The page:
Like in every other aspect of our culture, we communicate complex ideas in simple terms, “buzz words.” Unfortunately, these buzz words often taken on a life of their own and they hide important ideas as much as clarify communications. Recently, a survey was published concerning “high-performing health care systems.” On the face of it, this sounds like something every organization would want to be. Sure enough, 79% of the survey respondents said this was a goal of their organization, but 11% said it was not and 10% did not know. When the authors probed, though, they found little agreement about what was meant by the phrase “high-performing.” There did seem to be some agreement that excellent patient care and patient safety were key elements, but few mentioned financial considerations. In fact, they highlighted a comment from a clinician in a large mid-Western community hospital, which suggests why this is so.
“Health is not an assembly line and should not be measured like one. Without the tools for motivated physicians, nursing staff, and allied medical staff to function, middle management will destroy the ability to maintain quality medicine in an attempt to grind the numbers into a false illusion of success, while destroying the clinical base of medical care, and lowering the engagement of frustrated clinical staff. These people will leave, and their ranks will be filled by ranks of substandard clinicians.”
Robert Centor, M. D., wrote an article over a year ago suggesting the word “productivity” should be banned. He thinks productivity entered physician consciousness with publication of the resource-based relatively value scale and its attendant “RVU.”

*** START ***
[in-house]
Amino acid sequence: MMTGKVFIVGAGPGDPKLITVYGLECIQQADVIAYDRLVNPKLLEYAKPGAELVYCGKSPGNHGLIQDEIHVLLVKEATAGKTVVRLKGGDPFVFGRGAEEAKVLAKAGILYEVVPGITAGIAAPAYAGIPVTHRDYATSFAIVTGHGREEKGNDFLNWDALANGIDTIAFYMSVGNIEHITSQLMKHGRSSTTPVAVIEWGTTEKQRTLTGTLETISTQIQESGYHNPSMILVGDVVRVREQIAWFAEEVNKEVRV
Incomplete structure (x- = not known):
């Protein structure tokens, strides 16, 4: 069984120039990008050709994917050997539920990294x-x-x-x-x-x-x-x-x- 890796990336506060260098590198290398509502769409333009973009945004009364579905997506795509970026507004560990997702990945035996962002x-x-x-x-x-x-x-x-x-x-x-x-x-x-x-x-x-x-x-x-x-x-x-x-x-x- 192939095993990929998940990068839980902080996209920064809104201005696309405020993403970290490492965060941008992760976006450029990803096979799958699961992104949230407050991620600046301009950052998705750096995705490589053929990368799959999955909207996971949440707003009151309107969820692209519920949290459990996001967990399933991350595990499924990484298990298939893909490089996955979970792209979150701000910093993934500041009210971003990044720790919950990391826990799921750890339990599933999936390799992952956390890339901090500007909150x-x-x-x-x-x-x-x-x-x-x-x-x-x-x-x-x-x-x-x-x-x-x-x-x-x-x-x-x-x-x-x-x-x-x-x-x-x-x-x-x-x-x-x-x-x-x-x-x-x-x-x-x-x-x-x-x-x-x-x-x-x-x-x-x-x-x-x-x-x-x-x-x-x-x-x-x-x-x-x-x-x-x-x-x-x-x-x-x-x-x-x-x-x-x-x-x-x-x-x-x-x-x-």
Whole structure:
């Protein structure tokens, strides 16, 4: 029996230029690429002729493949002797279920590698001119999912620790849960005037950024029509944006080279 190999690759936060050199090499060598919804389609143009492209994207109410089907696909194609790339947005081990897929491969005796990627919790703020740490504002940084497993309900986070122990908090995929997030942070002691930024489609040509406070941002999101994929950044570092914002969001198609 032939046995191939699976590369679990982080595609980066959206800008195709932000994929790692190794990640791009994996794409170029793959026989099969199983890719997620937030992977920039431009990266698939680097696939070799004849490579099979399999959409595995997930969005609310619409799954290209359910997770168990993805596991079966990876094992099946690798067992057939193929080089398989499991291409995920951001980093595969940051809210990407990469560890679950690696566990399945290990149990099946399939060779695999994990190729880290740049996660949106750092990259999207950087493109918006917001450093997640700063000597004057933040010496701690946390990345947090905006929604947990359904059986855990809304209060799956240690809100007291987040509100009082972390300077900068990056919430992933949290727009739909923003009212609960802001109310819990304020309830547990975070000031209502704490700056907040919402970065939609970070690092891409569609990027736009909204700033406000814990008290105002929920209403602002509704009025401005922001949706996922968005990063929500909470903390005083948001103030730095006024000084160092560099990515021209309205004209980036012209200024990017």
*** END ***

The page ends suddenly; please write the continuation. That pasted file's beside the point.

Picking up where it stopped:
“Productivity implies that seeing more patients each day is a good thing. But likely most patients and physicians will agree that we need to optimize the time with each patient. How many patients can we comfortably see in one day and deliver high-quality care? High-quality care does not refer to performance measures, but rather complex multi-dimensional factors that will improve the patient experience. For many patients talking is both therapeutic and diagnostic. We shorten our conversation time at the risk of diagnostic errors, higher health care costs, and dissatisfied, confused patients.”
One evident problem illustrated by these two quotations is clinical reality looks different to the “provider” than it does to the “manager.” The manager has to depend on an abstract of patient care, such as census, money, or “quality” metrics, whereas the clinician experiences a non-verbal, visceral contact with the reality of day to day to care unfiltered, in most cases, by metrics. As my preacher said in today’s sermon, “The truth is in the story, not the statistics.” I believe organizations that can find productive ways to integrate these two perspectives are on the way to becoming “high-performing.” But there is a third element: all healthcare involves services provided to people by other people. We are not providing a product, no matter how often we use the word.
Lee and Duckworth have described what they think is needed to become a high-performing organization: teams with “grit.” Grit is a “buzz word” describing high-achieving persons who have stamina, a commitment to constant improvement, and who are steadfast, refusing to take the easier way.